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Insurgency

Southern rebel remains unresponsive in hospital following alleged torture

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Thai security officials have confirmed that four more people were killed in a late-night attack on July 24 by Muslim insurgents on a military outpost in the southern province of Pattani. Militants struck the remote base throwing grenades and laying down nearly an hour of automatic fire. The attack is considered “payback’ for the alleged torture of Abdulloh Esormusor.

Human Rights Watch say the July 25 attack was a likely retaliation for the treatment of Abdulloh.

The 15 year insurgency in the Malay-Muslim majority so-called Restive South or Deep South has left over 7,000 people dead but attracts little global attention. Successive Thai administrations have failed to negotiate any relief to the conflict despite the litany of violence that even outstrips higher profile conflicts in places like the Gaza Strip.

Rebels continue to fight for autonomy for an area they describe as a “culturally distinct region” free from the Buddhist-majority Thai state which colonised the area over a century ago.

The July 25 attack boiled over after a Muslim rebel suspect was left in a critical condition after spending several hours in an army interrogation unit. He was hospitalised with “brain swelling”. Reports in several regional news outlets claim he was tortured using “suffocation” and plastic bags as the method to extract information.

Four days before the attack a rebel suspect, 34 year old Abdulloh Esormusor, was rendered unconscious after being arrested under martial law and taken to the military camp in Pattani. The head doctor at the notorious Inkayuth detention centre recorded the suspect arrival saying he was “in good health”. But later he noted that the man was later found unconscious after being held in the “interrogation centre”, according to The Star Online.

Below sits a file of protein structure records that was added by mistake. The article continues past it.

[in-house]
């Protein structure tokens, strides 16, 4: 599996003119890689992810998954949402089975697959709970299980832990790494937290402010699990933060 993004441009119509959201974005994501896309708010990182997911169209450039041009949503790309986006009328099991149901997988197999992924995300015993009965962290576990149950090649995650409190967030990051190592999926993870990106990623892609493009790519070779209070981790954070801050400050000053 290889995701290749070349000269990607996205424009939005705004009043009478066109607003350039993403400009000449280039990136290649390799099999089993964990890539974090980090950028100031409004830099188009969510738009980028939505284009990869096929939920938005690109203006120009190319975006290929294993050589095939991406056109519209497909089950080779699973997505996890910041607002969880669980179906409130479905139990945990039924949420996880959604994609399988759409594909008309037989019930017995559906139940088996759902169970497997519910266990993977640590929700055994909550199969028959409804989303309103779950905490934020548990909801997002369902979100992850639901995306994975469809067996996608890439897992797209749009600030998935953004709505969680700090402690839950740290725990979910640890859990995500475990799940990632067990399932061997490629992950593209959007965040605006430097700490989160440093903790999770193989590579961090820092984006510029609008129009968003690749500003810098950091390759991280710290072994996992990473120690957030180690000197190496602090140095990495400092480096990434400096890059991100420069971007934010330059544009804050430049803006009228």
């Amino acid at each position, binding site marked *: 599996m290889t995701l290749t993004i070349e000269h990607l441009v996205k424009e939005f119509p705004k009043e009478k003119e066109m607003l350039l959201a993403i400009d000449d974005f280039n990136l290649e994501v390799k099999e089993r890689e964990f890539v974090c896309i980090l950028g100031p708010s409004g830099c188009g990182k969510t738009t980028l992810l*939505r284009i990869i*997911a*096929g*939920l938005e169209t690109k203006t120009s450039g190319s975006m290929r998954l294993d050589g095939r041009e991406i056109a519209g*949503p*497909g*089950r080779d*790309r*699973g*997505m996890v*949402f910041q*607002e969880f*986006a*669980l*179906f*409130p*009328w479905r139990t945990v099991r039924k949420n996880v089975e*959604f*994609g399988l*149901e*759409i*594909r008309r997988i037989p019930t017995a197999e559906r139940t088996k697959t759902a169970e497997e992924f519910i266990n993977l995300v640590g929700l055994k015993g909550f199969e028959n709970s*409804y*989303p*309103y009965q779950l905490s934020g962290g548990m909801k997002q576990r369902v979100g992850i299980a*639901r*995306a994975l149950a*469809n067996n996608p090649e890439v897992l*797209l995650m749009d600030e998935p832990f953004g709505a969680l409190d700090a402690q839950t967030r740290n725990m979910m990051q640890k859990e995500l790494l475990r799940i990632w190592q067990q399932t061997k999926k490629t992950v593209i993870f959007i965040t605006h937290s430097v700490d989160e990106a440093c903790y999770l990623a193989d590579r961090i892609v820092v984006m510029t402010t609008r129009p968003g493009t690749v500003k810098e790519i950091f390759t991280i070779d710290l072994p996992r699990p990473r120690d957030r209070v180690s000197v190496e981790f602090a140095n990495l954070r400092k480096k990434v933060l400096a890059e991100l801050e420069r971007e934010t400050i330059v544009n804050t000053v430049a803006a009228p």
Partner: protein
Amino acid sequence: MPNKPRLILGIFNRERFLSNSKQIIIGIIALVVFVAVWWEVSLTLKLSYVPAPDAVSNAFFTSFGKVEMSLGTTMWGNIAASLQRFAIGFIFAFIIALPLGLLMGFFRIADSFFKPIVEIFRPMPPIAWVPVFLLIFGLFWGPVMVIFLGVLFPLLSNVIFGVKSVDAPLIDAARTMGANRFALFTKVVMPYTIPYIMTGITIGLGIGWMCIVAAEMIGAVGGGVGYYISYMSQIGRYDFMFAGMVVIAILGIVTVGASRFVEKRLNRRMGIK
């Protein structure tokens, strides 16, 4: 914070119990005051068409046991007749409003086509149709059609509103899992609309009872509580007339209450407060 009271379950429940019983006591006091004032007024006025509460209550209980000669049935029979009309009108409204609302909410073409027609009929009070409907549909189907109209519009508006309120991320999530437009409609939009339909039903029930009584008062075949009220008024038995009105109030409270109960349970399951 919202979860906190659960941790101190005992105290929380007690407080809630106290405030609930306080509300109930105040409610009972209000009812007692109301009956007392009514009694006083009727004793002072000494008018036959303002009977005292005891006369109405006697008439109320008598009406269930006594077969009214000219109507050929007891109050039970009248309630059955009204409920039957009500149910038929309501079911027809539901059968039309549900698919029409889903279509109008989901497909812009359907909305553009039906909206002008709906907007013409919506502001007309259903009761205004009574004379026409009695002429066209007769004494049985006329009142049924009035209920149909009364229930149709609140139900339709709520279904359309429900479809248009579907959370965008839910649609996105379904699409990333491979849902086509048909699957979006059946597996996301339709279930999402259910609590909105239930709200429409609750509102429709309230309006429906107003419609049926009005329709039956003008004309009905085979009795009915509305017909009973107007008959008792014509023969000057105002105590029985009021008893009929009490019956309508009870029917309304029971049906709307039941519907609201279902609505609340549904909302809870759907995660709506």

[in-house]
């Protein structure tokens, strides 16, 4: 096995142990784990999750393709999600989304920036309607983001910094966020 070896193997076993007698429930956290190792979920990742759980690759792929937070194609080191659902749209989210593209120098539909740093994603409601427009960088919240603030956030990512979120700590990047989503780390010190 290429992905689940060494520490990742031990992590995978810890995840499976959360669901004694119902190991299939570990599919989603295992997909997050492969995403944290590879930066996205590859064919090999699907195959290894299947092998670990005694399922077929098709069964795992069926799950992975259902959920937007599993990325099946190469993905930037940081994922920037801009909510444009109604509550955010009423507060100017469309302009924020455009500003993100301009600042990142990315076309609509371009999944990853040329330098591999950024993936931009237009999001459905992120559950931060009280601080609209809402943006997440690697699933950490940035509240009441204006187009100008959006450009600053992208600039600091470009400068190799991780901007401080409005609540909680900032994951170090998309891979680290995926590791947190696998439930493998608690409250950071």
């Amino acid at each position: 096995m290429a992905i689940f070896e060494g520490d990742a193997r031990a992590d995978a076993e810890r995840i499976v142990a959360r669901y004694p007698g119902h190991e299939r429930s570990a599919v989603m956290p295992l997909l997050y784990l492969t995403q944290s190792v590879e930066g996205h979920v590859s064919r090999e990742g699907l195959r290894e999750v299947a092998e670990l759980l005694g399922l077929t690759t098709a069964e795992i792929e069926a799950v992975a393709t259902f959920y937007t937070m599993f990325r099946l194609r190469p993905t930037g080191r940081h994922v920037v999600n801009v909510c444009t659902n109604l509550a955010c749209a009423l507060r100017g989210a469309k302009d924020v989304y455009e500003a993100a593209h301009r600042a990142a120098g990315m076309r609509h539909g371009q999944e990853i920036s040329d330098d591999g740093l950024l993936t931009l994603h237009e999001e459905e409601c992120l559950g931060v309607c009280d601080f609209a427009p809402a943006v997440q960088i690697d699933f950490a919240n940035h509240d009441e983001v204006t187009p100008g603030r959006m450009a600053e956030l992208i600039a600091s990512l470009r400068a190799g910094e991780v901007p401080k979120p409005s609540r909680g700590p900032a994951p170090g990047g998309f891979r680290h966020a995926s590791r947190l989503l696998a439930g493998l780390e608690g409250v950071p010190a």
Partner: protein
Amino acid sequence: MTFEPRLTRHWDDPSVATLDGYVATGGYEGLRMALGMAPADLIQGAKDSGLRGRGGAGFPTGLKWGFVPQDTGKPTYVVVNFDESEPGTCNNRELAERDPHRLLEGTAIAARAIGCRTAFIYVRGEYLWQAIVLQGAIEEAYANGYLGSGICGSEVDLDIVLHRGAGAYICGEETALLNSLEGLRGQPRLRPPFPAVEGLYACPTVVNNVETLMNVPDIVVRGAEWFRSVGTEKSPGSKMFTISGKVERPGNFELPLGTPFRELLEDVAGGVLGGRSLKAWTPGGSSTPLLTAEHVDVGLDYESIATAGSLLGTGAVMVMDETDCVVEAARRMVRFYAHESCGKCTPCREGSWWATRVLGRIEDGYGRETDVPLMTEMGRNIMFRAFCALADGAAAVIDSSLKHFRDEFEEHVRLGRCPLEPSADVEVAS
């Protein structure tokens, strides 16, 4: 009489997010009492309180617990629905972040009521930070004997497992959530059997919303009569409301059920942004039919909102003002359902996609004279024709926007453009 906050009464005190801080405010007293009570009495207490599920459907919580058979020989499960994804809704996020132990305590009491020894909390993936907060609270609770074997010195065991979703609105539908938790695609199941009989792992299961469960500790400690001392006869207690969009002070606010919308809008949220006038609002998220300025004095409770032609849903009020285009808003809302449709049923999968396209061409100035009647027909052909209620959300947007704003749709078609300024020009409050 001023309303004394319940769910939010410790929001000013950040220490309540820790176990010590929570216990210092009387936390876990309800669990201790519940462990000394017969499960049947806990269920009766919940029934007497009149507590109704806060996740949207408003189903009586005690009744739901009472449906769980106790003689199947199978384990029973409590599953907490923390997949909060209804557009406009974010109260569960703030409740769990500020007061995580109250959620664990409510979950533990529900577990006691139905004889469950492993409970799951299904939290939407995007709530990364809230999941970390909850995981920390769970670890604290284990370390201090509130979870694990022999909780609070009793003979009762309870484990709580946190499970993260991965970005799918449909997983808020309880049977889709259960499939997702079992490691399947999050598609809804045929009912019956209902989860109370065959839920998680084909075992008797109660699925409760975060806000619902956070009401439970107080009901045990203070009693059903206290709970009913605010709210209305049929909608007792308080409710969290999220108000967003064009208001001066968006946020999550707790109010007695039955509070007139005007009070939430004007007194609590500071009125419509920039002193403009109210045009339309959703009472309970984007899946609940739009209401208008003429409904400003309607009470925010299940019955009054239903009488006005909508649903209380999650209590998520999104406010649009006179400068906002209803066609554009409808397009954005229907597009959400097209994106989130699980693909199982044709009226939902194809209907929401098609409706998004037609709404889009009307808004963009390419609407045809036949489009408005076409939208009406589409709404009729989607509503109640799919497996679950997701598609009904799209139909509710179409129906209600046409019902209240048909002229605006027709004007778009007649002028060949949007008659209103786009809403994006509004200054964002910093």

Rebel groups claim he was tortured and are calling for an international probe. The army has publicly vowed to punish anyone found guilty of abuse.

Inkayuth is the Thai army’s largest detention centre in the south, where insurgency suspects are taken for questioning and held under the emergency laws governing the conflict-scarred region.

Critics, including Amnesty International and Human Rights Watch, claim that the security in the southern provinces gives rise to potential cover-ups and impunity to prosecution. Numerous complaints of torture have been recorded against the army but no personnel have ever been successfully prosecuted over alleged abuses or claims of torture.

“There must be a prompt, effective and independent investigation into allegations that Mr. Esormusor was subjected torture or ill treatment while in custody. The investigation must be carried out by an independent agency, not by the military authorities themselves.” – Amnesty International

Amnesty International noted in a ’Make Him Speak by Tomorrow’: Torture and Other Ill-treatment in Thailand” report in 2016 that Thai law does provide stated legal safeguards against torture, providing detainees the right to appear before a court within 48 hours of their arrest. It also acknowledges detainees rights to have legal counsel present during questioning.

But the current martial law in the three southernmost provinces overrides these provisions providing a legal shield that is alleged to have been breached.

Over the weekend it was reported that Abdulloh remains unresponsive, and his “brain stem is not functioning”, according to a hospital statement.

PHOTO: Sumaiya Minga leaves Muang Pattani police station after filing a complaint about the treatment of her husband Abdulloh Esormusor.

 

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